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Which Mitzvah Is It?

By Rabbi Jonathan Tawil
September 13, 2017

The Torah relates how at the end of days after experiencing tough times, Am Yisrael will repent returning to Hashem.

The commentators are baffled by a Pasuk that seems to follow on and mentions a special mitzvah. Am Yisrael are taught that: “this ‘mitzvah’ which I (Hashem) command you is not beyond your reach… It is not ‘in heaven,’ but … it is in your heart and mouth.” (30:11-14)

The question is, which ‘mitzvah’ is Moshe referring to?

The Torah doesn’t seem to elaborate.

Ramban and others identify this mitzvah with Teshuvah -repentance- the subject of the previous ten verses. (The root of the Hebrew word Teshuvah appears seven times.) The text says the ‘thing is very close to you’, not necessarily easy. It is true that repentance, or returning to G-d (as hard as it sometimes is) is not dependent on external conditions. Many Mitzvot, one could argue, require the right setting, the right equipment, the right skills. But doing Teshuvah is purely a matter of individual free choice. The additional phrases, “in your mouth and in your heart” support this view. Medieval Jewish philosopher Rabbi Yoseph Albo writes, “Teshuvah involves confession of the lips and remorse of the hearts” (Sefer Ikkarim).

However, the majority opinion considers this view too narrow. Moshe isn’t referring only to Teshuvah when he says ‘it is not in heaven,’ and ‘it is not too baffling.’

Rather he is referring to Torah study itself, or all of Torah, all of the Mitzvot are within our grasp. The entire Torah is meant for everyone and accessible to all. Traditionally, the Torah contains 613 Mitzvot, and the minutiae of Torah observance can often seem overwhelming. One might think, “I can’t possibly fulfil all the commandments of the Torah, so what is the point of trying?” Moshe is therefore reassuring the Israelites, “No. It is simpler than you think.”

Perhaps, this verse that refers to the whole of Torah as ‘this mitzvah’ is the inspiration to try and encapsulate all of Torah into one simple rule. According to the Rabbis (Makot 24a), the Torah can be condensed into a few, short, easy to remember principles. The Talmud relates how King David summed up the Torah into eleven principles, Micah summed up them into three. Yishaya is quoted summarizing the Torah in two principles and Habakkuk distilled the Torah into one.

The Rabbis tried their hand at it too: In the story of the proselyte who challenged the Rabbis to teach the whole Torah while ‘standing on one foot’, Hillel famously reduced the Torah to Judaism’s version of the Golden Rule (stated in the negative) “What is hateful to you, do not do to your neighbour. This is the whole Torah; all the rest is commentary. Go and learn it.” (Shabbat 31a).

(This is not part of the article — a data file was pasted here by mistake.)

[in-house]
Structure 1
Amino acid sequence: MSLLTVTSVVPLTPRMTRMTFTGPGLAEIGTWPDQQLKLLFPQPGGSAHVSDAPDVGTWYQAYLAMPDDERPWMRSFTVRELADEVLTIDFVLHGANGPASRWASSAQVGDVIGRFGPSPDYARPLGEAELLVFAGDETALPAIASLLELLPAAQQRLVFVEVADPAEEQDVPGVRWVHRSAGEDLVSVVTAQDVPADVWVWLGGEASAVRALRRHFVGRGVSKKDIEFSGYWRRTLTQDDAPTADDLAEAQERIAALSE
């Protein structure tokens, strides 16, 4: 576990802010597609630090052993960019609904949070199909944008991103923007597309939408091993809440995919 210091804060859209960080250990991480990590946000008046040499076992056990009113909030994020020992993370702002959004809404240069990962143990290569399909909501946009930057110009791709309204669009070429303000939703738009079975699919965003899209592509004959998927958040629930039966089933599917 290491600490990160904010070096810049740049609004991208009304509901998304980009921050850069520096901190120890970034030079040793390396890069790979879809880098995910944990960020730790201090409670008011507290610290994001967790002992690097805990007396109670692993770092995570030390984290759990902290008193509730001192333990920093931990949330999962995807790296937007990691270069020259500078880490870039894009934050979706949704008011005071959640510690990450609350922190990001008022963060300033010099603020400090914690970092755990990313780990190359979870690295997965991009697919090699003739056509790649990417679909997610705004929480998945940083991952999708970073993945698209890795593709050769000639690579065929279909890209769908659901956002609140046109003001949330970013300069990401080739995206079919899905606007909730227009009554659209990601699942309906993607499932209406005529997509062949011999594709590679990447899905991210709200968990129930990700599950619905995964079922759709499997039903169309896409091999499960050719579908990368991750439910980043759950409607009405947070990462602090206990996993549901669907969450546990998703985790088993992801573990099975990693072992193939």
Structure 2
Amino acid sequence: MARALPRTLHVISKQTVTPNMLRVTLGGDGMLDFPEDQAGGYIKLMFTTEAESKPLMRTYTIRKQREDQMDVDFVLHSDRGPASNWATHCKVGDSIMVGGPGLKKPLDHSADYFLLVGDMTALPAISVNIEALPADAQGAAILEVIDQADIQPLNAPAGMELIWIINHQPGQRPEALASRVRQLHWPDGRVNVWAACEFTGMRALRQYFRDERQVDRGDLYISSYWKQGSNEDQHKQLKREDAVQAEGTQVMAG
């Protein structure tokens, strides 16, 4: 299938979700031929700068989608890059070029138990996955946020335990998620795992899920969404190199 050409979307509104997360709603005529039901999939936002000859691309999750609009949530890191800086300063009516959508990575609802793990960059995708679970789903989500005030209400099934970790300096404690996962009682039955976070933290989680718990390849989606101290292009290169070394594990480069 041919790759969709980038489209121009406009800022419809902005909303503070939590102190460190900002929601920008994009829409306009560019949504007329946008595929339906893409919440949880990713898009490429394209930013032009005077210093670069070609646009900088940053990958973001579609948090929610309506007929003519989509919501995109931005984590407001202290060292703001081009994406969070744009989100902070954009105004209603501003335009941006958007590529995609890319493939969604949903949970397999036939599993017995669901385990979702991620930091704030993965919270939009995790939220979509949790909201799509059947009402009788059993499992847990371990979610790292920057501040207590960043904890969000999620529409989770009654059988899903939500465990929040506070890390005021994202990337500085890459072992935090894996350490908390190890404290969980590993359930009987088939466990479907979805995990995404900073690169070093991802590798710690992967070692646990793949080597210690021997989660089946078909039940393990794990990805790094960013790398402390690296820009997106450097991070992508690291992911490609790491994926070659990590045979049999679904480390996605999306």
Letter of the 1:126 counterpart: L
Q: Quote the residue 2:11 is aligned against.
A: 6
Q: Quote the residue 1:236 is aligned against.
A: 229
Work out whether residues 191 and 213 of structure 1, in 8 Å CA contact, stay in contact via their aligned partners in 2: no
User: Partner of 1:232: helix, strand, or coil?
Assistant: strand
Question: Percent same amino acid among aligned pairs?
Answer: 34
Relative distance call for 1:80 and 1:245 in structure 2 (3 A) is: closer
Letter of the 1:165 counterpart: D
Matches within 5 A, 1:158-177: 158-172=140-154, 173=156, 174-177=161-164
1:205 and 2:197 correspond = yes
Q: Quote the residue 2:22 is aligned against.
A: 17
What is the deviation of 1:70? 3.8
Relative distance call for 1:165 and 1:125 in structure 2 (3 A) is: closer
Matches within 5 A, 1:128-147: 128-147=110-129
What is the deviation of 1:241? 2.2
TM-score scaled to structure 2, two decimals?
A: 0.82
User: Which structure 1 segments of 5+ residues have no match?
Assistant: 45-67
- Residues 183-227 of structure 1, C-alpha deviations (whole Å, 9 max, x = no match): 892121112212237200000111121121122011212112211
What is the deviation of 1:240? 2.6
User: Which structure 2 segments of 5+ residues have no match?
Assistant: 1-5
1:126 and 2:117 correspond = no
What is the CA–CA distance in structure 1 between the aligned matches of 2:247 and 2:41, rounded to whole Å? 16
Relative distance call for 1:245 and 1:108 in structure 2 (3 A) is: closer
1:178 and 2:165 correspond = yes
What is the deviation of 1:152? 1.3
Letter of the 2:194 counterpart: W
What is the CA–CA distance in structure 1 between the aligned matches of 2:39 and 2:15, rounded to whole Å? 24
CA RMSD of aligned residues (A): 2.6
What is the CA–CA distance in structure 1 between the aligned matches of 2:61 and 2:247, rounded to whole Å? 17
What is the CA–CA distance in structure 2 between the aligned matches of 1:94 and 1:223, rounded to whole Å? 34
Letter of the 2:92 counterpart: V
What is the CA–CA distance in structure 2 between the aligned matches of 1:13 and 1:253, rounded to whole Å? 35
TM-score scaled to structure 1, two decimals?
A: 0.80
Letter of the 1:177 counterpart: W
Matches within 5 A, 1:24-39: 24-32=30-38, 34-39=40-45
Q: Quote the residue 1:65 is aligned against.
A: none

Interestingly the Chasidic Rebbe Zusya of Anipol reduced the Torah to five verses:

  1. Be whole hearted with Adonai your God.
  2. I set Adonai before me always.
  3. Love your neighbour as yourself.
  4. In all your ways, acknowledge God.
  5. Walk humbly with your God.


These five Pesukim spell the word Teshuva. Hinting that when we follow this directive we are sure to repent and come as new in front of Hashem.

In fact, at the end of days (soon in our times), the Torah states that once Am Yisrael has experienced tough times then we will repent and return to the land of Israel:

“And it will be when the Berachot (blessings) and the Kelalot (curses) materialize … then you will take it to heart (and repent)” (30:1).

Why does the Pasuk mention the Berachot here?

Surely, it is the fulfilment of the Kelalot that will spark off the movement towards Teshuvah?

The Ktav Sofer explains that it is specifically when Yisrael are in the throes of the Kelalah, when they are in exile surrounded by enemies on all sides,  that they are better able to appreciate the Divine blessing that helps them survive. If, in spite of the seventy wolves that await the opportunity to devour the lamb (Yisrael), Am Yisrael does not succumb, rather even surviving with grace, then there can be no bigger testimony than this, that Am Yisrael are under Divine protection and not left to the pitiless laws of nature.

When they see how G-d “watches over them from the windows, and peeps through the cracks”, that is what prompts them to do Teshuvah.

In a generation that is seeing an increase in hatred towards the Jew, we are nevertheless blessed with a thriving Judaism that is engaging and flourishing.


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